The sad, seemingly unacceptable truth is tragedies like those experienced in Nashville, Lafayette, and Aurora may not have truly been preventable through the simple safety precautions measures that we often ask for in response to mass shootings. Security theater is a popular solution not because it works but because it feels like it works. It gives us—the moviegoers, sports fans, and passengers not bent on horrific violence—a sense of control over a society that seems to produce a great number of broken people with easy access to weaponry.
The drawbacks of expanded theater security are not simply the expense of implementing armed guards and metal detectors. While customers want more security, the C4 study also found that they didn’t want to have to pay for it—in the form of increased ticket or concession prices. Putting the burden on individual theaters also allow us to ignore more lasting solutions, such as sweeping gun control reform and increased resources for the mentally ill.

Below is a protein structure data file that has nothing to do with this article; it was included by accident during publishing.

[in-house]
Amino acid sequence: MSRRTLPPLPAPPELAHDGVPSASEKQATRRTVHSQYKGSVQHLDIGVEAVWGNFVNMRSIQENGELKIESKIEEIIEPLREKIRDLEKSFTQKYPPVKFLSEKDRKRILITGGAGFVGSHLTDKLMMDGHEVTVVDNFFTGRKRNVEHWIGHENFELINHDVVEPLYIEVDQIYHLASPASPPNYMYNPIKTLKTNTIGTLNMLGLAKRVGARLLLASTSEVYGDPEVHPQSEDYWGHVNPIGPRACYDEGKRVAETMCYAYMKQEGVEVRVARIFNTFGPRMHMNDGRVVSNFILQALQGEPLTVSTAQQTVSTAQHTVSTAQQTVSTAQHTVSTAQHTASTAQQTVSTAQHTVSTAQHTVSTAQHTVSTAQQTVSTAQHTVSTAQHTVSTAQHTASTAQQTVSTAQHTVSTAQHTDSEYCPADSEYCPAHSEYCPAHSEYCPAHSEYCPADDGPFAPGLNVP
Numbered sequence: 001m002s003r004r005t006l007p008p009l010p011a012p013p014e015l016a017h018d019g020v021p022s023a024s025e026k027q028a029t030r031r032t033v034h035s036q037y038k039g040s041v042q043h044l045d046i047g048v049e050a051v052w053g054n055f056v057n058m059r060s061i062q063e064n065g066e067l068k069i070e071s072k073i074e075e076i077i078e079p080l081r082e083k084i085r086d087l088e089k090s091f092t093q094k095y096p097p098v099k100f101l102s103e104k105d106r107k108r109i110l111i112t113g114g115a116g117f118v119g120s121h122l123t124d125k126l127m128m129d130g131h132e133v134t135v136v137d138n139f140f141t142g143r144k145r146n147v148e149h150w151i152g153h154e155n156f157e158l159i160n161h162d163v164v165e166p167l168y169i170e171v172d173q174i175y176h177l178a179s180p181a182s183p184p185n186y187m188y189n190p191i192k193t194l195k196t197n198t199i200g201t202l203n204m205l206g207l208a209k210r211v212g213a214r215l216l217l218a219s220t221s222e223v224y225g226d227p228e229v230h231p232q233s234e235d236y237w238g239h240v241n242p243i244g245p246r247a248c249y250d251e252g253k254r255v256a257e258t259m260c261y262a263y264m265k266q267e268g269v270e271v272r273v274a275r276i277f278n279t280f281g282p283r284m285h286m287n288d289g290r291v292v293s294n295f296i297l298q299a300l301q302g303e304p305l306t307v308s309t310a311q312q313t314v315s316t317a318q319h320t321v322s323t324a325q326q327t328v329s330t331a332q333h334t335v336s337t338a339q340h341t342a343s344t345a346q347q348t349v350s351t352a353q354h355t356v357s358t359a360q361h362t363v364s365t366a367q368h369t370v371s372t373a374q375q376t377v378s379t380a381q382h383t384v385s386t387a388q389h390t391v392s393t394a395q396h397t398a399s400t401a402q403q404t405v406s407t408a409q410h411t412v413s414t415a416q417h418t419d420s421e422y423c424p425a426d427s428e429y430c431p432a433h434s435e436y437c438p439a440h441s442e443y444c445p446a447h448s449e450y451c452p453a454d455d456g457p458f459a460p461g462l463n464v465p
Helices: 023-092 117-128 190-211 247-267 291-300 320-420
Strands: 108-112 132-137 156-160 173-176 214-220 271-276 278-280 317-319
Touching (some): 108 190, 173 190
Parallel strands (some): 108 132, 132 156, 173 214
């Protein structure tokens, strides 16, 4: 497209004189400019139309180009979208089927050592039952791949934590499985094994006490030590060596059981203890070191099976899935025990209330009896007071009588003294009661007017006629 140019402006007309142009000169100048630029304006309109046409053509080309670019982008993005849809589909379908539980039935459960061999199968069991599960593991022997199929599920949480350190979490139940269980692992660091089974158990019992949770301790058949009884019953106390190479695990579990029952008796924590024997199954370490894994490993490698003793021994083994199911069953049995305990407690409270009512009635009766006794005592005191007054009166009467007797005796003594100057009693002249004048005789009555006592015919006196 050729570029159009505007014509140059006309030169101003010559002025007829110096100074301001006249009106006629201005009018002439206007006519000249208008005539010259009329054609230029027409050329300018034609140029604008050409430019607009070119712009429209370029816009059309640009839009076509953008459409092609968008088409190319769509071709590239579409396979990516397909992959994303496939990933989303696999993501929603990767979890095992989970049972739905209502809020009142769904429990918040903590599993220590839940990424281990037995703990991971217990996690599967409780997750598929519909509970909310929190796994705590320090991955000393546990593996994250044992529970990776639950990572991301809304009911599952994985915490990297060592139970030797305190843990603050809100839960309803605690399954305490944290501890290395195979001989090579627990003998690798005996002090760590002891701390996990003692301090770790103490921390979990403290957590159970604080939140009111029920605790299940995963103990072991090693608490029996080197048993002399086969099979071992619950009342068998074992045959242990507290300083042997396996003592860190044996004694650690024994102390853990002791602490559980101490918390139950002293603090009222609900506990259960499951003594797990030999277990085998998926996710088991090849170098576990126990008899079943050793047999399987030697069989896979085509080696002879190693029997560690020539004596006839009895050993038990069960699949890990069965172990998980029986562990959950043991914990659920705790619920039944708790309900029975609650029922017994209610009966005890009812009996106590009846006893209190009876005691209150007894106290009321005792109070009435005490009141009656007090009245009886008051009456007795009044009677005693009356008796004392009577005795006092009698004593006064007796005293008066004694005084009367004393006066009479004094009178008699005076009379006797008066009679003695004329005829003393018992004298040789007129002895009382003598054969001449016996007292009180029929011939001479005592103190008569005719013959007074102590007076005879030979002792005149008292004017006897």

Mass shootings are a real and unique problem to American culture. A study published earlier this week by the Congressional Research Council found that deaths in mass killings have increased from an average of six a year in the 1970s to an average of 33 between 2010 and 2013. Ignoring this problem is not an option. But as President Barack Obama said in his vigil for the victims of the Sandy Hook Elementary School shooting in 2012, “Are we really prepared to say that we’re powerless in the face of such carnage?”
If the outcry after every public killing is any indication, the answer to that question is a resounding no. However, if all we’re willing to do is install metal detectors and hire a few guards, instead of tackling the difficult and complex causes of this phenomenon, it certainly feels like we are.
Gillian Branstetter is a social commentator with a focus on the intersection of technology, security, and politics. Her work has appeared in the Washington Post, Business Insider, Salon, the Week, and xoJane. She attended Pennsylvania State University. Follow her on Twitter @GillBranstetter.
Photo via Sam Howzit/Flickr (CC BY 2.0)